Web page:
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'when the smoke and dust had all cleared from the air...'

I’m sure that if you know Liverpool’s Crosby beach at all it is for the striking art installation by artist Antony Gormley which moved to the beach back in 2005 and thankfully is now a permanent addition to the coastline.  Another Place consists of 100 cast-iron, life-size figures based on the artists body spread out along three kilometres of the beach and almost a kilometer out to sea.

The figures stand on the beach, looking out to sea, staring at the horizon whilst they naturally weather - changing colour and attracting nature including barnacles, greenery and a constant stream of dogs who seem to like the smell of them very much!

We love Another Place. Every time you visit the photo opportunities change – the skies are different, the tide from the River Mersey could be anywhere (and please read the warning signs before you go wandering out too far), a very active shipping lane could bring you anything from the regular Isle of Man and Ireland ferries, cruise ships to occasional ships from the Royal Navy fleet and everything in between! At the Waterloo end you have the docks adding more excitement to your photos and people. There are always lots of people and personally I think they enhance your photos so much adding a definitely LS Lowry feel to your shots!






You might be able to tell we really love Crosby beach and visit often, so consider how surprised we were to find out that if we walk further up the beach there is a very poignant and unusual part that we knew nothing about.


Anyone who knows about Liverpool’s wartime history will know that it was bombed relentlessly in World War 2 thanks to its proximity to the River Mersey and its large port. Liverpool was also the base from which the Battle of the Atlantic was run. Now at this part of the story it begins to get very personal for me. All my family are Liverpool born and bred although thanks to my Dad’s job me and my sister were both born in Manchester and our part of the family never returned to Liverpool. Anyway, both sides of my family experienced the horrors of WW2 Liverpool with my Dad’s family closely experiencing two bombs which thankfully were just far enough away not to cause any damage to them – although one blew my Grandie up the hall as he opened the door to find out what was happening (one of those stories we were all bought up on- I’m sure you have them too!). My Mum’s Dad was a merchant seaman serving on ships which were responsible for bringing in much needed food and supplies to the country. He was torpedoed twice during his service once turning up on his doorstep dressed in someone else’s clothes with nothing else as everything had gone down with the ship. Both of my parents remember seeing the bomb damage surrounding the city, streets lost, houses just rubble.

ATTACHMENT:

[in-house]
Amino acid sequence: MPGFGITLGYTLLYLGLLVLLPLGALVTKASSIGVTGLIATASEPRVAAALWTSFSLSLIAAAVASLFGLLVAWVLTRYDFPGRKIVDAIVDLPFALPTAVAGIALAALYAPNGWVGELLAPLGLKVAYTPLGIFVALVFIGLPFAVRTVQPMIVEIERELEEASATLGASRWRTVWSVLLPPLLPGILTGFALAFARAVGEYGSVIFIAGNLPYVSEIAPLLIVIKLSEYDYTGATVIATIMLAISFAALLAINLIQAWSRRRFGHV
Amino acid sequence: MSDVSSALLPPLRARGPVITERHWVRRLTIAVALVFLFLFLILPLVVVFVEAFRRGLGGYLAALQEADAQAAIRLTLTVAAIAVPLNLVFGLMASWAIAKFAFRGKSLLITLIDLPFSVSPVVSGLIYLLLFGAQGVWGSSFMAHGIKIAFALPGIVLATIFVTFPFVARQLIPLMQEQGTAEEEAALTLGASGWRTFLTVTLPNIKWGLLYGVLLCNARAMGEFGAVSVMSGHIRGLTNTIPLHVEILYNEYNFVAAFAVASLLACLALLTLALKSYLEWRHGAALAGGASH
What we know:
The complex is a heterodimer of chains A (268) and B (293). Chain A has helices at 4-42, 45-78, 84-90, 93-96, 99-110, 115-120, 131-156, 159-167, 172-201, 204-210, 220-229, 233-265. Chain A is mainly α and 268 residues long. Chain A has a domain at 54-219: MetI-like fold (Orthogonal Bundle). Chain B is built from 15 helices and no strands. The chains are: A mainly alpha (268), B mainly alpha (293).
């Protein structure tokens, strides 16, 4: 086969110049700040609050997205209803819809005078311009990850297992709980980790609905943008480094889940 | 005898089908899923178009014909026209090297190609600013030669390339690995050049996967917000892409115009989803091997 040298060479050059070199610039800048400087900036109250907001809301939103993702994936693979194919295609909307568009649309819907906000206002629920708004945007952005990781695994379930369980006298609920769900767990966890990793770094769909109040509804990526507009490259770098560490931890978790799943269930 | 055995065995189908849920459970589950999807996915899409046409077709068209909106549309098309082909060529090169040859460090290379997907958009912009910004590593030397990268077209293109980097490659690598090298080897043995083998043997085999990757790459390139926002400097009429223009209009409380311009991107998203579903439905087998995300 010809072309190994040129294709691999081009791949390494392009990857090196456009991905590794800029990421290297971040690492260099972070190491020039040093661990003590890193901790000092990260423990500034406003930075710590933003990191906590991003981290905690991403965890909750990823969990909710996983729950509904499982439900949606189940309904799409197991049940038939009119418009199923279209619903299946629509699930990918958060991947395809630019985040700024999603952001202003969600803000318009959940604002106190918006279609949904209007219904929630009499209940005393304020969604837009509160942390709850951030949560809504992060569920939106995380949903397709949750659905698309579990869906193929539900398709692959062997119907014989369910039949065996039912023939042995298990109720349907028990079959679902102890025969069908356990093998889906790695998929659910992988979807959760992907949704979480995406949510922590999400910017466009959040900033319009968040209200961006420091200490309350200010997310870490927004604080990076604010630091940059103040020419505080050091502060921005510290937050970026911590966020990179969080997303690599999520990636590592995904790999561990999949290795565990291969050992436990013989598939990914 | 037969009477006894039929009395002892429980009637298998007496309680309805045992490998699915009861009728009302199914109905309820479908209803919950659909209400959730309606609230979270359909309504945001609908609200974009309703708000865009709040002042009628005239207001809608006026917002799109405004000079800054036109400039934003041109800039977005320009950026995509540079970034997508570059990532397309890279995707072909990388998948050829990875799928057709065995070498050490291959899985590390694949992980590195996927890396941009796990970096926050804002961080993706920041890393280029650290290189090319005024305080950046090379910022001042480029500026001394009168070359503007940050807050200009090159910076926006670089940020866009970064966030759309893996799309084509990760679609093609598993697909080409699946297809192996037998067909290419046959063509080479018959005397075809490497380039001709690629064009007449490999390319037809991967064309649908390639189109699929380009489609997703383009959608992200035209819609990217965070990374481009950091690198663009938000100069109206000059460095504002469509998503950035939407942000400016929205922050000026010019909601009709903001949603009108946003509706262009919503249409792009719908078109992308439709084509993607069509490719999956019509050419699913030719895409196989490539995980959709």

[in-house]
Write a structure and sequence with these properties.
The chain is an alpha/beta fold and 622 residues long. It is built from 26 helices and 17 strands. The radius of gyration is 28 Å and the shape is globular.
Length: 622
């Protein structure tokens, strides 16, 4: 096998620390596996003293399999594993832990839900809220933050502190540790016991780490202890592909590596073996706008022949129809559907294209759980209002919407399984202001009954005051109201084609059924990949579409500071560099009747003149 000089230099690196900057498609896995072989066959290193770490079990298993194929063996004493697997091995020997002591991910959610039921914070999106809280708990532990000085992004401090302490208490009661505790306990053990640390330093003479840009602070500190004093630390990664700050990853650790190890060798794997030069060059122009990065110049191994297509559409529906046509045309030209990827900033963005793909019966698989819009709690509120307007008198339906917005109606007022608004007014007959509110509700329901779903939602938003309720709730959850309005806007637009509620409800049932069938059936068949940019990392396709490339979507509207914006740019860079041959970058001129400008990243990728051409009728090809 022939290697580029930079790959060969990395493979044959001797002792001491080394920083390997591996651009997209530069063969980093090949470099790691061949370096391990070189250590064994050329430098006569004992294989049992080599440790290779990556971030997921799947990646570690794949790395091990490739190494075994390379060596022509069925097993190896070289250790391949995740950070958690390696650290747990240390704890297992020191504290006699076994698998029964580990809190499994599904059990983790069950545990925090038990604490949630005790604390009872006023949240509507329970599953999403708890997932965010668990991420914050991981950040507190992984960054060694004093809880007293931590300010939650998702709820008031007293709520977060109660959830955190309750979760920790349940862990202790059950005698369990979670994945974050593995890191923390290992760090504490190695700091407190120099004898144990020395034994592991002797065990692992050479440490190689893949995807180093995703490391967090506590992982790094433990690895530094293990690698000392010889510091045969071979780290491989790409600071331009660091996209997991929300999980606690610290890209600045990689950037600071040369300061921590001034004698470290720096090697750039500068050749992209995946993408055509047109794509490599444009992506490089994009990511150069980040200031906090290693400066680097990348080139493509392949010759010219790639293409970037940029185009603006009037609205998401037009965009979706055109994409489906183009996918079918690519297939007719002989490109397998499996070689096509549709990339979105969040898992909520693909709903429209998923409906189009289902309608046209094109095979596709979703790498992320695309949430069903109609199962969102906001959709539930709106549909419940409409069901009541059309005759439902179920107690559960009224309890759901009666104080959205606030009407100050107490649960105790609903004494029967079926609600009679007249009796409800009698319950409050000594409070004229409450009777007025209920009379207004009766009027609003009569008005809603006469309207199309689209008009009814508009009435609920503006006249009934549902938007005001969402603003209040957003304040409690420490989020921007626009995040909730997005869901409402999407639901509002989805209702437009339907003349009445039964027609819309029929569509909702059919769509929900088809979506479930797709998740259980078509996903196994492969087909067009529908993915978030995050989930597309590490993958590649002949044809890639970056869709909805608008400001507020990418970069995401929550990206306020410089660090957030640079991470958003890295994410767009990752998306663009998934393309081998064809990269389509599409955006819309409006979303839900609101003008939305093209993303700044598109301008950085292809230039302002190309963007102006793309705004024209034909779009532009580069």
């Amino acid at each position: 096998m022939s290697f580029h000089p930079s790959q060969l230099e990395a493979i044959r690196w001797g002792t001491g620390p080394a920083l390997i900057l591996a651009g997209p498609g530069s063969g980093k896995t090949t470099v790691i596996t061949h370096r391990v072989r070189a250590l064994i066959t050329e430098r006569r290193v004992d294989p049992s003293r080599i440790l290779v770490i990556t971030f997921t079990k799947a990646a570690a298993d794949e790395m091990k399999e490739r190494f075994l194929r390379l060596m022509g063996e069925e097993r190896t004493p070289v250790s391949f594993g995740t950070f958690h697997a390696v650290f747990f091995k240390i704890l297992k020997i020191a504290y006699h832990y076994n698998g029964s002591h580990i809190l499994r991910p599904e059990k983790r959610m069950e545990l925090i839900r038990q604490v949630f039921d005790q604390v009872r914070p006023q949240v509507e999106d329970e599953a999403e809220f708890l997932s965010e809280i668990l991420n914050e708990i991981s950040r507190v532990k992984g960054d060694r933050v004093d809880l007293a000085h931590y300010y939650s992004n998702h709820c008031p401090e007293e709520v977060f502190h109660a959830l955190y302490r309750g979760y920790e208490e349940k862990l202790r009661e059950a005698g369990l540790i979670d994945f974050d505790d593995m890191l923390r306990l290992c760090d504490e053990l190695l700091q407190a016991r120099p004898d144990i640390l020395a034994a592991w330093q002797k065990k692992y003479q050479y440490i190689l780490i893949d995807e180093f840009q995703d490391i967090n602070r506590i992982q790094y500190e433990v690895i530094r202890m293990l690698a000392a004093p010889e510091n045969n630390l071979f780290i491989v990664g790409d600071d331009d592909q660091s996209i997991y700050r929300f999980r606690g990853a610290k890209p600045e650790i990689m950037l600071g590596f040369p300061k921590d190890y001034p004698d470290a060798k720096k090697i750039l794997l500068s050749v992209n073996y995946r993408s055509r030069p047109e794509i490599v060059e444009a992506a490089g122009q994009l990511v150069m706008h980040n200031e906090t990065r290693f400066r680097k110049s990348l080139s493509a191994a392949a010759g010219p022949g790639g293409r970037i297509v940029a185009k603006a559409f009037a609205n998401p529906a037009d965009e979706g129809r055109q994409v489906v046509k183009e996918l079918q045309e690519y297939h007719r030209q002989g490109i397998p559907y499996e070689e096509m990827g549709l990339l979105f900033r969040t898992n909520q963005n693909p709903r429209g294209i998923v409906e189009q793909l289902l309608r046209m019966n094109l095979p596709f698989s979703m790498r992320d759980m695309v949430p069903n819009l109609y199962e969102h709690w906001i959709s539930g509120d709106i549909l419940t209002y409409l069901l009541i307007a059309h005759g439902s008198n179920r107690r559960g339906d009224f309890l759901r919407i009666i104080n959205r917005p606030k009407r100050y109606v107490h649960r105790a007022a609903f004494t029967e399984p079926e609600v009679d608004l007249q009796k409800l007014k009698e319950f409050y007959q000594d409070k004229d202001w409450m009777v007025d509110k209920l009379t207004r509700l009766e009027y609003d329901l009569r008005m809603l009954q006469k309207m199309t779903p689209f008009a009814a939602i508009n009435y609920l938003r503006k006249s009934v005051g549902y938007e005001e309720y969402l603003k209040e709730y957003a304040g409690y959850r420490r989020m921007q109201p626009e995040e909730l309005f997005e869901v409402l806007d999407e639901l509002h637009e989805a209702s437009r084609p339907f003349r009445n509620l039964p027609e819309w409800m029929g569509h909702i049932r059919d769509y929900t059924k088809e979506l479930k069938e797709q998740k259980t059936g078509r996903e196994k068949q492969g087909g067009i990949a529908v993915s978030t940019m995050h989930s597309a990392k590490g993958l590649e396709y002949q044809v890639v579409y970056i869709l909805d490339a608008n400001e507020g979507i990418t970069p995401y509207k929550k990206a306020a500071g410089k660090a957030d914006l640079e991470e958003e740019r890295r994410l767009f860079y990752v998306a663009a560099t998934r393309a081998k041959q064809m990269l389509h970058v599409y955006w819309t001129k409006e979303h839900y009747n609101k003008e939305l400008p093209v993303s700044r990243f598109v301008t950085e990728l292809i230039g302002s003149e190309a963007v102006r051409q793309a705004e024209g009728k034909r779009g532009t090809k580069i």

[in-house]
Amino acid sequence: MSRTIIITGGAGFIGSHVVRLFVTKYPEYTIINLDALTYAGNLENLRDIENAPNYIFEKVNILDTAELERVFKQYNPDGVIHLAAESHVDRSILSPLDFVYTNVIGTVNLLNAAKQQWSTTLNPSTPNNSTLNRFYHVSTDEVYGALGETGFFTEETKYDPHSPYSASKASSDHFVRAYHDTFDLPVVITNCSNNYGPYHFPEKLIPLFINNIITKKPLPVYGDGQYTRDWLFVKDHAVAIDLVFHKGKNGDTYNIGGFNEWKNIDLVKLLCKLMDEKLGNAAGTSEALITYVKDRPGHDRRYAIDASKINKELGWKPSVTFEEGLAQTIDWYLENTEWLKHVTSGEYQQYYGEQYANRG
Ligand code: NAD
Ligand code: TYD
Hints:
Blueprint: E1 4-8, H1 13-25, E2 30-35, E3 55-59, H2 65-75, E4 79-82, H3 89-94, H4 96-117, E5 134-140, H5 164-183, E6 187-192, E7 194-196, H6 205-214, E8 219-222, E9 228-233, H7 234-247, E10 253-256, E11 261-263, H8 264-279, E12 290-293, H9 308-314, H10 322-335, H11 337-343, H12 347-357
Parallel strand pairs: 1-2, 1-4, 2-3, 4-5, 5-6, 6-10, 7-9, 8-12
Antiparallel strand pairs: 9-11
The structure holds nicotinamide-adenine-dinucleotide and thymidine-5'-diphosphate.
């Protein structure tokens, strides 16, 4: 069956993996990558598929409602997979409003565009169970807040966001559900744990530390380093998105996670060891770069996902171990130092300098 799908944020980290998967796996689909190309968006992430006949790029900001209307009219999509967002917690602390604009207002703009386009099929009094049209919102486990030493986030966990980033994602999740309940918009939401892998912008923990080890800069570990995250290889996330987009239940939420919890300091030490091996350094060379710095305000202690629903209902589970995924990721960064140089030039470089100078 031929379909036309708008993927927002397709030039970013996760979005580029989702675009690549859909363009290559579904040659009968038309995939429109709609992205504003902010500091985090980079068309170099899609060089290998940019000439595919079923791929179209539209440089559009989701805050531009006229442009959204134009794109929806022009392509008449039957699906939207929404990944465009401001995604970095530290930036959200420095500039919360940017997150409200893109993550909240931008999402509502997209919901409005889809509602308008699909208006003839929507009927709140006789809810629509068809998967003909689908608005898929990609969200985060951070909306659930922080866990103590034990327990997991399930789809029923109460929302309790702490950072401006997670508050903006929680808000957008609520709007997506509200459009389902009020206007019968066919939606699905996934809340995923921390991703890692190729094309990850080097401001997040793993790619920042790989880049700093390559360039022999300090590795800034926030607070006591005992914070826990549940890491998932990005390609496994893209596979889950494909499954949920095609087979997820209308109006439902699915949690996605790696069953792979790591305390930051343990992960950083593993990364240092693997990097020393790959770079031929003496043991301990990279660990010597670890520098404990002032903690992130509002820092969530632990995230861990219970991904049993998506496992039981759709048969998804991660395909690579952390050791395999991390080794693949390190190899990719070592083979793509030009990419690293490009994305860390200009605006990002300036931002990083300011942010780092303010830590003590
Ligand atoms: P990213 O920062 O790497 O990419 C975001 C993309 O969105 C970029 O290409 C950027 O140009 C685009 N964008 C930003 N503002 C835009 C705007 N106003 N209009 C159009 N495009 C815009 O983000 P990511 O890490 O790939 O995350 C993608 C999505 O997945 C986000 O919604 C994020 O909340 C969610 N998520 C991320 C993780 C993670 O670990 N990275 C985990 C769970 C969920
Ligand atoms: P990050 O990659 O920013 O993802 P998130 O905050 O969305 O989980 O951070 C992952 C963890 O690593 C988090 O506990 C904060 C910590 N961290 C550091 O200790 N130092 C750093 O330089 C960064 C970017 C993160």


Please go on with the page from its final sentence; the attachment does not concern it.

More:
At the start of May 1941 Liverpool was bombed relentlessly for 8 days. 1,900 people were killed, 1,450 seriously wounded and 70,000 made homeless…. in just 8 days. 8,000 out of 17,000 houses were destroyed or damaged in just one area of the city, Bootle.

Liverpool, like many other towns and cities in many other countries were left with tonnes of rubble from derelict streets and houses and churches. At some point the decision was made to move the rubble to shore up the coastal defences in Crosby and create what is one of the most poignant and moving beaches we have ever visited.



Nothing prepares you for the rubble stretching along the coastline. Decades old, worn and smoothed by the tides of the Mersey, bricks, masonry, tiles, parts of peoples lives and probably even deaths all piled up with the River Mersey washing over them each day. Tiles from houses still brightly coloured, parts of churches which remain recognisable and grand and apparently (although we didn’t see this) there are parts of gravestones scattered around.

In Chris’ words…” The effects of the sea and tide over 80+ years has created a unique landscape - man made but now gradually becoming naturalised and shaped by the elements. All shapes and sizes and all with a story to tell, a place that's poignant and completely fascinating that's prompted us to do some more research into the history of the place and what you find there. It's also somewhere that, despite temptation is most definitely a place we should leave as we found it for nature to continue to do what it does.”



So, take a trip out to Crosby. Park by the Coastguard building and go down to the beach. Turn left and you’ll see the Antony Gormley’s stretching all the way to the docks. Turn right, watch your footing and wander among the rubble of people’s lives destroyed by war. A moving and thought-provoking experience.

'Way back in the forties, the world had went mad

Mister Hitler threw at us everything that he had

When the smoke and the dust had all cleared from the air...'

In My Liverpool Home

Peter McGovern



You can read more about the bricks and the statues just click below...





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